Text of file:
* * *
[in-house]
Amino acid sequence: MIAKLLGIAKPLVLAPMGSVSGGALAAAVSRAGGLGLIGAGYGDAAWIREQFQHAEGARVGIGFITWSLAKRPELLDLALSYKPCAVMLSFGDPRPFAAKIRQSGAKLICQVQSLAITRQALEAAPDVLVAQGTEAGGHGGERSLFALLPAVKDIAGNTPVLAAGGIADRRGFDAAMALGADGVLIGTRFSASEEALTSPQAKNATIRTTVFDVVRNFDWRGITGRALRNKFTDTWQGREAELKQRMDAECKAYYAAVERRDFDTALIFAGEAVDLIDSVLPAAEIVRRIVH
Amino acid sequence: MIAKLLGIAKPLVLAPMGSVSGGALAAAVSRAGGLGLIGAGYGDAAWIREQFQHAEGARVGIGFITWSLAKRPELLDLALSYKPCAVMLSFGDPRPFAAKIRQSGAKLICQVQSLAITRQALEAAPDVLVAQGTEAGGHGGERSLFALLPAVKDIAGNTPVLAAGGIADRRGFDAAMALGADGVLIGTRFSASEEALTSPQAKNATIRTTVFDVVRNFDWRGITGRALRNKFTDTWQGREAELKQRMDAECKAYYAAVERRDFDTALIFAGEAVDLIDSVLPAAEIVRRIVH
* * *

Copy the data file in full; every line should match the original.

[in-house]
Amino acid sequence: MIAKLLGIAKPLVLAPMGSVSGGALAAAVSRAGGLGLIGAGYGDAAWIREQFQHAEGARVGIGFITWSLAKRPELLDLALSYKPCAVMLSFGDPRPFAAKIRQSGAKLICQVQSLAITRQALEAAPDVLVAQGTEAGGHGGERSLFALLPAVKDIAGNTPVLAAGGIADRRGFDAAMALGADGVLIGTRFSASEEALTSPQAKNATIRTTVFDVVRNFDWRGITGRALRNKFTDTWQGREAELKQRMDAECKAYYAAVERRDFDTALIFAGEAVDLIDSVLPAAEIVRRIVH
Amino acid sequence: MIAKLLGIAKPLVLAPMGSVSGGALAAAVSRAGGLGLIGAGYGDAAWIREQFQHAEGARVGIGFITWSLAKRPELLDLALSYKPCAVMLSFGDPRPFAAKIRQSGAKLICQVQSLAITRQALEAAPDVLVAQGTEAGGHGGERSLFALLPAVKDIAGNTPVLAAGGIADRRGFDAAMALGADGVLIGTRFSASEEALTSPQAKNATIRTTVFDVVRNFDWRGITGRALRNKFTDTWQGREAELKQRMDAECKAYYAAVERRDFDTALIFAGEAVDLIDSVLPAAEIVRRIVH